TABLE 1______________________________________Cost SQ "Bad" Duration Associated Count______________________________________Less than 853 msecs 0853 msecs to 1.28 secs 11.28 secs to 1.7 secs 21.7 secs to 2.13 secs 32.13 secs to 2.56 secs 42.56 secs to 2.98 secs 52.98 secs to 3.41 secs 63.41 secs to 3.84 secs 73.84 secs to 4.27 secs 84.27 secs to 4.69 secs 94.69 secs to 5.00 secs 10greater than 5.00 secs Counter is Restarted______________________________________
TABLE 2______________________________________Cost SQ Integration Time Maximum Count______________________________________8 minutes 2015 minutes 301 hour 1202 hours 240______________________________________
Speed change requests as well as other information may also be manually requested via a control panel 26. Control panel 26 is also coupled to fall forward decision logic and fall back decision logic as well as an EIA RS 232 speed select logic block 28 so that control panel 26 may provide configuration information to each of these blocks. Such configuration information is utilized to inform the various parts of the modem exactly what soft strappable configuration the modem is currently in. Control panel 26 is also utilized to override automatic speed change information as desired by the user via its direct connection to the auto speed state sequencer 24. EIA RS-232 speed select logic block 28 serves to process the data rate signal from a DTE per circuit CH of a standard RS-232 interface. In the present invention this is accomplished by selecting the data rate which is soft strapped into the modem from the control panel in response to DTE speed change commands. Speed changes may also be initiated manually by a network controller 30.
Speed change commands from the auto speed state sequencer 24 are encoded for transmission over the communication channel 12 by a command encoder 32 prior to transmission either by a T1 inband transmitter 34 or a TX FSK transmitter 36 depending upon whether inband signaling or secondary channel signaling is to be utilized for implementing the speed change. Such speed change commands received from modem 14 are received either by a T1 inband receiver 38 or a TX FSK receiver 40 prior to processing by a command decoder 42. When such commands are decoded by decoder 42 they are forwarded to auto speed state sequencer 24 for further processing.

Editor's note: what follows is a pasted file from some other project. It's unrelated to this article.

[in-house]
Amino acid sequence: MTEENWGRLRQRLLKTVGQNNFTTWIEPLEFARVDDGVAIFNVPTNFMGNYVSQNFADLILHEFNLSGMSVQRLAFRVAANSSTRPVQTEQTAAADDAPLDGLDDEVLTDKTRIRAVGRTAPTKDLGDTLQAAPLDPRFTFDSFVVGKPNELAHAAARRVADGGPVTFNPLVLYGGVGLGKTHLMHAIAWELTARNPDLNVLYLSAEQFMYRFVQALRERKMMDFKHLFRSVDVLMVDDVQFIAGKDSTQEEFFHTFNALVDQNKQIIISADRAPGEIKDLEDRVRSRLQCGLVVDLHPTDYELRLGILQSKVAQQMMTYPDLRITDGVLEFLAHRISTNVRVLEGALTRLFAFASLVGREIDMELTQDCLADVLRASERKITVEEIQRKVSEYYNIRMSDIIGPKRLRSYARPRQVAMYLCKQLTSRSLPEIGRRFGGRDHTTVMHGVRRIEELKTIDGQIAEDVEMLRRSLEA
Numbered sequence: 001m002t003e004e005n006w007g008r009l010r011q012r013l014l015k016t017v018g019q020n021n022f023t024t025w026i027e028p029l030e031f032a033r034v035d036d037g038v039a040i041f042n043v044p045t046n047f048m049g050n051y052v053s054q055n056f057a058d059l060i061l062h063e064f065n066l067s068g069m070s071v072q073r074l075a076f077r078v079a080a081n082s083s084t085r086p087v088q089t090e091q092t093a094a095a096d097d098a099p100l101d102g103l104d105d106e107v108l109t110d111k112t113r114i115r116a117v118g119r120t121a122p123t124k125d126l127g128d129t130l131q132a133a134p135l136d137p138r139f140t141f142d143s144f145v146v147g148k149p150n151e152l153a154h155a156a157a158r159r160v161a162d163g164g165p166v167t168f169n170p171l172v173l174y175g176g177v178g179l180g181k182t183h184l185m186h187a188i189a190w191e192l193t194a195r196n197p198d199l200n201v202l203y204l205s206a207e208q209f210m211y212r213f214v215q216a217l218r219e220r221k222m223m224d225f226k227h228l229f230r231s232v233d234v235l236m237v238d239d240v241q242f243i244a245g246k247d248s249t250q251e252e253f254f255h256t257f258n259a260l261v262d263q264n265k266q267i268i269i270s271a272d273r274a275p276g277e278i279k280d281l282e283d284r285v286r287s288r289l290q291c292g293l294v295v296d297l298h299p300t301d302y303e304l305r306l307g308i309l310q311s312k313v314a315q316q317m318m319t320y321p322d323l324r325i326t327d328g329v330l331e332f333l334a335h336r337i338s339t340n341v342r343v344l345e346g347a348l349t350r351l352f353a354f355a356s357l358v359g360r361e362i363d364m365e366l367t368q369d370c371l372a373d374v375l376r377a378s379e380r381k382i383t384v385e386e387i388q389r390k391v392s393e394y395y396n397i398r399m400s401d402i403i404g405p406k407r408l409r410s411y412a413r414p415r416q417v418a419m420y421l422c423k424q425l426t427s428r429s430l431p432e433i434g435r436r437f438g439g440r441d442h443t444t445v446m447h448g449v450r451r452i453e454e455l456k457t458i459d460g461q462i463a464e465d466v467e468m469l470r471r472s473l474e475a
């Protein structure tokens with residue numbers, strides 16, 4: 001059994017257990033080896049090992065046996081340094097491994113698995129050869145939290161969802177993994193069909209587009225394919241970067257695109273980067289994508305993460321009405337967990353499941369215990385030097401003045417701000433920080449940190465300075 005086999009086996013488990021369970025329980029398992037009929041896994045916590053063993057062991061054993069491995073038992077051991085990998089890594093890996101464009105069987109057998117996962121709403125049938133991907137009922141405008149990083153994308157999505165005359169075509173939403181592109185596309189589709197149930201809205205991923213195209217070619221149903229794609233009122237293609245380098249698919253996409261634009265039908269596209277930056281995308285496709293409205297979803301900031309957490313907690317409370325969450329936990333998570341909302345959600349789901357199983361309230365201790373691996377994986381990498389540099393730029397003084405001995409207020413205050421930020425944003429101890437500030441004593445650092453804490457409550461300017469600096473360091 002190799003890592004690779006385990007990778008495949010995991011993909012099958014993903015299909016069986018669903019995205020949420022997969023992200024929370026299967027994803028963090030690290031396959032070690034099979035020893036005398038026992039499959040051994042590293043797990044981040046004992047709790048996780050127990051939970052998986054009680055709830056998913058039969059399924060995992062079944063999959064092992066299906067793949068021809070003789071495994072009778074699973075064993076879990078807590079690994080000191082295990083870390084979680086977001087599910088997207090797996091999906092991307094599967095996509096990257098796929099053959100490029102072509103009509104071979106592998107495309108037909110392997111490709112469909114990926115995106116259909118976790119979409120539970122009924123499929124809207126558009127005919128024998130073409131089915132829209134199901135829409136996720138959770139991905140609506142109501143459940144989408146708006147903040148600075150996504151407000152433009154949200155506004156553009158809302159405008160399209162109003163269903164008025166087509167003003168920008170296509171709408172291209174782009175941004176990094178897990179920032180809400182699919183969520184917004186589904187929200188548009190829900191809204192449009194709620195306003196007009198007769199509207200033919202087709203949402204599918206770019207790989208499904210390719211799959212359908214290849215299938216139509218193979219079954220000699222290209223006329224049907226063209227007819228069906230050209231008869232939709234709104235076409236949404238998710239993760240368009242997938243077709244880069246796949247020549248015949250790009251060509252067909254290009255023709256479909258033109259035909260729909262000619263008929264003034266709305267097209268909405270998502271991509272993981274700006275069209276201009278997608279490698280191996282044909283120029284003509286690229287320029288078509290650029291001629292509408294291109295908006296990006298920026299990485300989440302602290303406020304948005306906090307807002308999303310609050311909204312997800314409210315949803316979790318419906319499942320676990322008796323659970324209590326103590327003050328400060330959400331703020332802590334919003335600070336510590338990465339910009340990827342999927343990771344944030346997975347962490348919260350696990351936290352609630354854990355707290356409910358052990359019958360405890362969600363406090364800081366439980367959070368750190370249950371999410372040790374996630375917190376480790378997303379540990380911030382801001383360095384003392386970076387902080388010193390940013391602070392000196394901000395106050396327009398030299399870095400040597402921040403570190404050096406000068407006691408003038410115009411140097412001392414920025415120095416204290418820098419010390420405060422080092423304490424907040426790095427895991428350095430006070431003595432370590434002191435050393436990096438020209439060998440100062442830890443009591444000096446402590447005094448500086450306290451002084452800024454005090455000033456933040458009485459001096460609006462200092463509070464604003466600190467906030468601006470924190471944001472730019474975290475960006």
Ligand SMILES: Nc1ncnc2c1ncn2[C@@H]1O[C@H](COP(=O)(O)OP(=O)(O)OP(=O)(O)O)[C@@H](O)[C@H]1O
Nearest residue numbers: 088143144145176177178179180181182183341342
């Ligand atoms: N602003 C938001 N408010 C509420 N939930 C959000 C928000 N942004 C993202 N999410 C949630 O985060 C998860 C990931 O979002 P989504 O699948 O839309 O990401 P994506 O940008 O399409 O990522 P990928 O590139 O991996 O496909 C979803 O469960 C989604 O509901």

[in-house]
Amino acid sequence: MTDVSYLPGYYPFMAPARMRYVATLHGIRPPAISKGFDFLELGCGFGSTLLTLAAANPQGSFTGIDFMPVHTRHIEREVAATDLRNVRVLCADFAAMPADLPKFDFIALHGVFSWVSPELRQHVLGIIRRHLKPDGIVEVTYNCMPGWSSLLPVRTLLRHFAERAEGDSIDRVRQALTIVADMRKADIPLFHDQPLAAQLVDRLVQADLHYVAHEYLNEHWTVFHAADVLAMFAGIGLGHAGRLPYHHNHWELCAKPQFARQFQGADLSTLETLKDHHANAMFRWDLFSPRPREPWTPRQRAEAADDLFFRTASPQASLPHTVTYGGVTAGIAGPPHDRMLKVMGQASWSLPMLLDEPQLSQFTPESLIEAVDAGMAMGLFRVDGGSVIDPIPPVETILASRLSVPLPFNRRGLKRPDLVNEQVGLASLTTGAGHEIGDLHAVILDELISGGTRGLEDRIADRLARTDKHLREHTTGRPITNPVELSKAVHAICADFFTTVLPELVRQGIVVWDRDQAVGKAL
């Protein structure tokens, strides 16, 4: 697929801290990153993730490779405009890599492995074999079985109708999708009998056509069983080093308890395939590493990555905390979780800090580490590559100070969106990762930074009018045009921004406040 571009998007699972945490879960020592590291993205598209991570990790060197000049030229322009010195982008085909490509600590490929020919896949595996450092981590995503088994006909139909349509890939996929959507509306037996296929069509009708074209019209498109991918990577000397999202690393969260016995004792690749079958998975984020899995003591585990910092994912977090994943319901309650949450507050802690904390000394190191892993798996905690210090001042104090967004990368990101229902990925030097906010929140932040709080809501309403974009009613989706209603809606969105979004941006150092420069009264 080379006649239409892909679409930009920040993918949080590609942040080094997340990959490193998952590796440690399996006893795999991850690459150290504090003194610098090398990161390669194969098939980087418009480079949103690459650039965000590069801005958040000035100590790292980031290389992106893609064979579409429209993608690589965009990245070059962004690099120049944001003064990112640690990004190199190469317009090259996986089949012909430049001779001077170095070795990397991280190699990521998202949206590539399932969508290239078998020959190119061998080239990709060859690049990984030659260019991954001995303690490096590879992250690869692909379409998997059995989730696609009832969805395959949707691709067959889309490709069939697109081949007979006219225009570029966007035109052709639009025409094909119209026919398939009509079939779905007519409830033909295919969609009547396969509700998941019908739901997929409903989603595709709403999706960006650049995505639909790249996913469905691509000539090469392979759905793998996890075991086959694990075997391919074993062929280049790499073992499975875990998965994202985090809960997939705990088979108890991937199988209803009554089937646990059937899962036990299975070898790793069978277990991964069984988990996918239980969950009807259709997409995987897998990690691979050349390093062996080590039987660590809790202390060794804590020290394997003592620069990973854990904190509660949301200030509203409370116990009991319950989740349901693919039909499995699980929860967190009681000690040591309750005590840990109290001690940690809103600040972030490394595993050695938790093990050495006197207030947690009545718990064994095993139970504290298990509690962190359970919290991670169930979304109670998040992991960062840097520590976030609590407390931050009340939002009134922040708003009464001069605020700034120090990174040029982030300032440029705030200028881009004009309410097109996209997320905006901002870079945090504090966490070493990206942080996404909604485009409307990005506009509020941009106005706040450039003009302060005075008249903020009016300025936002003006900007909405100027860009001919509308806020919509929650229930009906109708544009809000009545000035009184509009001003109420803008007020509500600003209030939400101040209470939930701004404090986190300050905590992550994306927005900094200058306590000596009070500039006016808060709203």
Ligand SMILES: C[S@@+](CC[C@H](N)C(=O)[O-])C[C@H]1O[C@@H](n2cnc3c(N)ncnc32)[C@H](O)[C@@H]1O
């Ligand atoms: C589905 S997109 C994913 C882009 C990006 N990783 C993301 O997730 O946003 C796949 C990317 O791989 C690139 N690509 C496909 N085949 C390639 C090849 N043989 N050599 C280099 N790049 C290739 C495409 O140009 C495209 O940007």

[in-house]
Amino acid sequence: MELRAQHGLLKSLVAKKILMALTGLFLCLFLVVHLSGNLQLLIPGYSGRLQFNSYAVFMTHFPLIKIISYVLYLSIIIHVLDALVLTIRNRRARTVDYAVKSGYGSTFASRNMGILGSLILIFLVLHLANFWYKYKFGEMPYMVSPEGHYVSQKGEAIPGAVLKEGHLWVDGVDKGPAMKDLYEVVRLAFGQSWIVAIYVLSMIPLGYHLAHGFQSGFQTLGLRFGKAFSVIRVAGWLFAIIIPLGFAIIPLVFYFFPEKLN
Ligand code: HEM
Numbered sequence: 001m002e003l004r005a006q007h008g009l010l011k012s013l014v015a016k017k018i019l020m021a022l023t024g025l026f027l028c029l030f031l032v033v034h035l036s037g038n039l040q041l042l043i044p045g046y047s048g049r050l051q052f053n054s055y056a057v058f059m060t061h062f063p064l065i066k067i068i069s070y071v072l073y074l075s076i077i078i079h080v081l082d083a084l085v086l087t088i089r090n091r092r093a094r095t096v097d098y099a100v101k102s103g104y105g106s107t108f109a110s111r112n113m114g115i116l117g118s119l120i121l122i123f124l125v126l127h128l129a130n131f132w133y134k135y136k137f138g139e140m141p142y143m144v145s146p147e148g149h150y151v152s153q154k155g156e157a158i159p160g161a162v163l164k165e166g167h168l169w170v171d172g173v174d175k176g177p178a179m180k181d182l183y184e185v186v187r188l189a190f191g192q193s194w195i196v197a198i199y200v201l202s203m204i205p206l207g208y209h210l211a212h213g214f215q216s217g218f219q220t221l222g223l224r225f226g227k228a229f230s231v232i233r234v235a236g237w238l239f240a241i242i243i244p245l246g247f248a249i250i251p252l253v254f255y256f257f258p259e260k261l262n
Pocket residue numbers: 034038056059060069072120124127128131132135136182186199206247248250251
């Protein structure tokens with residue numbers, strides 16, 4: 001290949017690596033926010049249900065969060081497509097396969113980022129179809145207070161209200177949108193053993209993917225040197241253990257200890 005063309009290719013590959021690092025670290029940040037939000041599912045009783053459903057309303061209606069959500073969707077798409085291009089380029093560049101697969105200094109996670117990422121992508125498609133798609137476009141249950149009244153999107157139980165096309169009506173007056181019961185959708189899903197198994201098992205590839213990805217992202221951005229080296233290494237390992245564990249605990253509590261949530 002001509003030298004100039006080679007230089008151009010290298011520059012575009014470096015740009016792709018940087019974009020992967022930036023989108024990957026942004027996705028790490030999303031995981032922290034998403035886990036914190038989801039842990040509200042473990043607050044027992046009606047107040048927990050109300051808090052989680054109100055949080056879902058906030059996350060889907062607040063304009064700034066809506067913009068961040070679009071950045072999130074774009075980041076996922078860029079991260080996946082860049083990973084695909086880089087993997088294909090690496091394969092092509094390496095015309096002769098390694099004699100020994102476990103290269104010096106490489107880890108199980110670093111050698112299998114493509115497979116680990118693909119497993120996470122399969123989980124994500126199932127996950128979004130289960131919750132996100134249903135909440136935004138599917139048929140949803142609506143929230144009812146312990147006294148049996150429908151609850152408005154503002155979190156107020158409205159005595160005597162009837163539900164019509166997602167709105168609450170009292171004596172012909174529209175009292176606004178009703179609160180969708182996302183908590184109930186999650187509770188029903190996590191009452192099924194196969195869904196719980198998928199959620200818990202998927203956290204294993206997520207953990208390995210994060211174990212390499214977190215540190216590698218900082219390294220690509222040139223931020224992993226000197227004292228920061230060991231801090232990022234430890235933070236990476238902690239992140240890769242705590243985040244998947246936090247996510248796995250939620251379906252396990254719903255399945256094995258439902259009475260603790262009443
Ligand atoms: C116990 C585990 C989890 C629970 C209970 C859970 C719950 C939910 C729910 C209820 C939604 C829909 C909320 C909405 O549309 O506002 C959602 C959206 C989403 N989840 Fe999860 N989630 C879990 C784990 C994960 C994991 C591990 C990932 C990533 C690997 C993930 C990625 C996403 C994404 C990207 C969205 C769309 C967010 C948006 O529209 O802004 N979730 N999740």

Modem 14 may be similarly configured to include a Viterbi decoder 116 having an output 118 coupled to a fallback decision logic block 120 and a fall forward decision logic block 122. Blocks 120 and 122 are coupled to a similar auto speed state sequencer 124. A control panel 126 is similarly coupled to blocks 120, 122, 124 and EIA speed select logic block 128. State sequencer 124 is coupled to a command encoder 132 which provides speed change commands to inband transmitter 134 and FSK transmitter 136. An inband receiver 138 and a FSK secondary channel receiver 140 feed incoming commands to command decoder 142 in a manner similar to that of modem 10.
In order to reliably effect a speed increase, a handshaking protocol having two levels of acknowledgement is established. Also, in a point-to-point communications environment, a master/slave relationship is created between modem 10 and modem 14. In general, the modem which most recently required a speed decrease is established to be the master modem in the T1 environment. In the TX/RMC environment, the central site modem is always master. Only the master moden may initiate speed increases. In this manner the modem which most recently had the poorest quality line always has control over increases in speed.
According to the present invention, two possible protocols for speed change may be utilized depending upon whether secondary channel is available for use (RMC or TX environment) or not (T1 environment).
To illustrate the speed change protocol in the T1 environment, assume that modem 10 has most recently requested a speed decrease (fallback) so that modem 10 is the master modem and modem 14 is the slave modem. If the line quality is measured by Viterbi decoder 16 of modem 10 is high enough so that modem 10 determines that it can support an increase in transmission speed, it transmits a request to increase speed to modem 14. In this situation where no network is transmitted via inband transmitter 34. If modem 14 is unable to support an increase in transmission rate, it acknowledges the request and responds that it is unable to support a speed increase. At this point, the master/slave modem identities are switched so that modem 14 now controls speed increases. In this manner, speed increases remain under control of the modem which is receiving the poorest quality signal. In the event that modem 14 does not receive the request for speed increase initially transmitted by modem 10 due to some line impairment, modem 10 waits for 10 seconds to again attempt to increase speed. If a second attempt fails, modem 10 will restart its cost SQ integration timer.